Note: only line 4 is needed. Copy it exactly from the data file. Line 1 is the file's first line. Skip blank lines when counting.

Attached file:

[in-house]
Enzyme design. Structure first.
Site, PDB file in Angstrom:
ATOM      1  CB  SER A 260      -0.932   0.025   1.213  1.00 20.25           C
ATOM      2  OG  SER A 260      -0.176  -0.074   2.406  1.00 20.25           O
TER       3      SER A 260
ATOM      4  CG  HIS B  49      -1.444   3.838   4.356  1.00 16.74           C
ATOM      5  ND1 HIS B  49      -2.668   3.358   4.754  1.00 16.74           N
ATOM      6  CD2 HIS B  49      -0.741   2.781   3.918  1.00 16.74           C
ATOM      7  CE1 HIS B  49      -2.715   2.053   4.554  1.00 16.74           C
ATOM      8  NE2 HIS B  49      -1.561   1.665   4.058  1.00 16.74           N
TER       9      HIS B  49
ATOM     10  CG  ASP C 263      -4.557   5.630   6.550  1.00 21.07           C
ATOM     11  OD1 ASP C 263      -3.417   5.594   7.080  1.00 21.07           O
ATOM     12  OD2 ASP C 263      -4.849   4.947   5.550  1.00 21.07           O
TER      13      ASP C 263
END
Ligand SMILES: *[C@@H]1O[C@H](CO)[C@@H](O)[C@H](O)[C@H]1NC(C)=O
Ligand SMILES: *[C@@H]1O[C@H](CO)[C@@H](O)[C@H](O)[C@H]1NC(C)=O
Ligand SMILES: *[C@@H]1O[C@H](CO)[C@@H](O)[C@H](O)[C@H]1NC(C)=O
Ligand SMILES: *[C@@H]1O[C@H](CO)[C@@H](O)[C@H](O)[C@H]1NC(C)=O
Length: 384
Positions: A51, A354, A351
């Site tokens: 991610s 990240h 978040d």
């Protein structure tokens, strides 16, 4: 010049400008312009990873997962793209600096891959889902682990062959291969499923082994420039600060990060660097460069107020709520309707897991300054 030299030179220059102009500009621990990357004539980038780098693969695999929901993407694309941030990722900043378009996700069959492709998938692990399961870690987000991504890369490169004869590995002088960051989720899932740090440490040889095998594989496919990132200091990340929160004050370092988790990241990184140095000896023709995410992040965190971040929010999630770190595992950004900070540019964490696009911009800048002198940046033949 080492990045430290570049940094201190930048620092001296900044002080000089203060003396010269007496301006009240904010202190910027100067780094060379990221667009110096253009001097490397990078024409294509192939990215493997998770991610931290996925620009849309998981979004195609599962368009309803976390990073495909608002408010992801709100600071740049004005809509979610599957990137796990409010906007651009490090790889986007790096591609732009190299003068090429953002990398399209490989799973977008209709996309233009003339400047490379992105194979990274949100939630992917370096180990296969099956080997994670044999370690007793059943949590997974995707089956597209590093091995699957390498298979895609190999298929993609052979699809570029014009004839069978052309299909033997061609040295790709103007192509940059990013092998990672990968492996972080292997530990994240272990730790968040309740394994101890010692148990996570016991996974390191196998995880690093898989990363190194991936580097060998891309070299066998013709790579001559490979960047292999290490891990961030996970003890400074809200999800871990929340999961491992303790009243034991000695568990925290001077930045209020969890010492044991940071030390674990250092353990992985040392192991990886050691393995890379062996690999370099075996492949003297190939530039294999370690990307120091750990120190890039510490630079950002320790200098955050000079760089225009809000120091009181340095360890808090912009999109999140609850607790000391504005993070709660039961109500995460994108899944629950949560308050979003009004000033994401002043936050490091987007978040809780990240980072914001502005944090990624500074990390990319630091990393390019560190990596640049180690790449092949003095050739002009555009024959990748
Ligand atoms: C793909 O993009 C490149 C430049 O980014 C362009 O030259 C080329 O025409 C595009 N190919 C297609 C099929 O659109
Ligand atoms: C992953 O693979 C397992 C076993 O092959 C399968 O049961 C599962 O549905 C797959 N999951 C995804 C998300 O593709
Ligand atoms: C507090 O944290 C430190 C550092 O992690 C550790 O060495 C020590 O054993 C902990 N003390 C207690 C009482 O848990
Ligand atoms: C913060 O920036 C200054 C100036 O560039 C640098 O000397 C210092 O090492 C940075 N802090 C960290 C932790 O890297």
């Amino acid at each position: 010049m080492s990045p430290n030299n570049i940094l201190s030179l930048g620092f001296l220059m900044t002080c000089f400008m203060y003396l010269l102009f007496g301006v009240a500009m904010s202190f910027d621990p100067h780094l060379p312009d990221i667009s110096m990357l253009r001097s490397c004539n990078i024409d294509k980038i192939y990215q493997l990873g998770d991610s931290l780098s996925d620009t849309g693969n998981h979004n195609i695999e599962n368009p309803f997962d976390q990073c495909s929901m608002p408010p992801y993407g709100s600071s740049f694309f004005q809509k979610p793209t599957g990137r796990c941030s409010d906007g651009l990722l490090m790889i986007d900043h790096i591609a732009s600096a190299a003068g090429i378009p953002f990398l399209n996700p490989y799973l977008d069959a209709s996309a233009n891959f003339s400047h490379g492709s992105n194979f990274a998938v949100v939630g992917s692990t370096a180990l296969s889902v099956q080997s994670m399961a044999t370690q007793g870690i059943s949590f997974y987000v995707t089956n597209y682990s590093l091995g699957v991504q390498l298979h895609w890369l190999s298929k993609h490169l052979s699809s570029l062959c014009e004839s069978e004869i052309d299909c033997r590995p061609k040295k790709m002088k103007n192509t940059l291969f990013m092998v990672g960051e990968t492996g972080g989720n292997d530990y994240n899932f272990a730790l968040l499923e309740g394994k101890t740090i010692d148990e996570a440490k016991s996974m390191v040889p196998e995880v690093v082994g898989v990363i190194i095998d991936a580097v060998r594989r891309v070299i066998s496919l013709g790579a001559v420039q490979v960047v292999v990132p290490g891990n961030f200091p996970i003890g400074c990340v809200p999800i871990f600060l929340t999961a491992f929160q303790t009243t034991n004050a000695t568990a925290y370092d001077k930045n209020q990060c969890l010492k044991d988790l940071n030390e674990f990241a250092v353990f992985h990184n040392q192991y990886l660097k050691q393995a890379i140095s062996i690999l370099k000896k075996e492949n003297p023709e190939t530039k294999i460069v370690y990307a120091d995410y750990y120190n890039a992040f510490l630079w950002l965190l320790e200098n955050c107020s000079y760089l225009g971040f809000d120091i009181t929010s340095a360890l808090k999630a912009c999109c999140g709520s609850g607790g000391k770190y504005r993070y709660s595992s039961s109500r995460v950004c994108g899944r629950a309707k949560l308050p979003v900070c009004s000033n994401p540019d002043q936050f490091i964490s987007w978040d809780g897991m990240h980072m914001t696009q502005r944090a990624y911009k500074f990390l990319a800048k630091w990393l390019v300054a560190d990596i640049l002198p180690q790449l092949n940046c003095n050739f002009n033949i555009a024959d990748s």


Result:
ATOM      1  CB  SER A 260      -0.932   0.025   1.213  1.00 20.25           C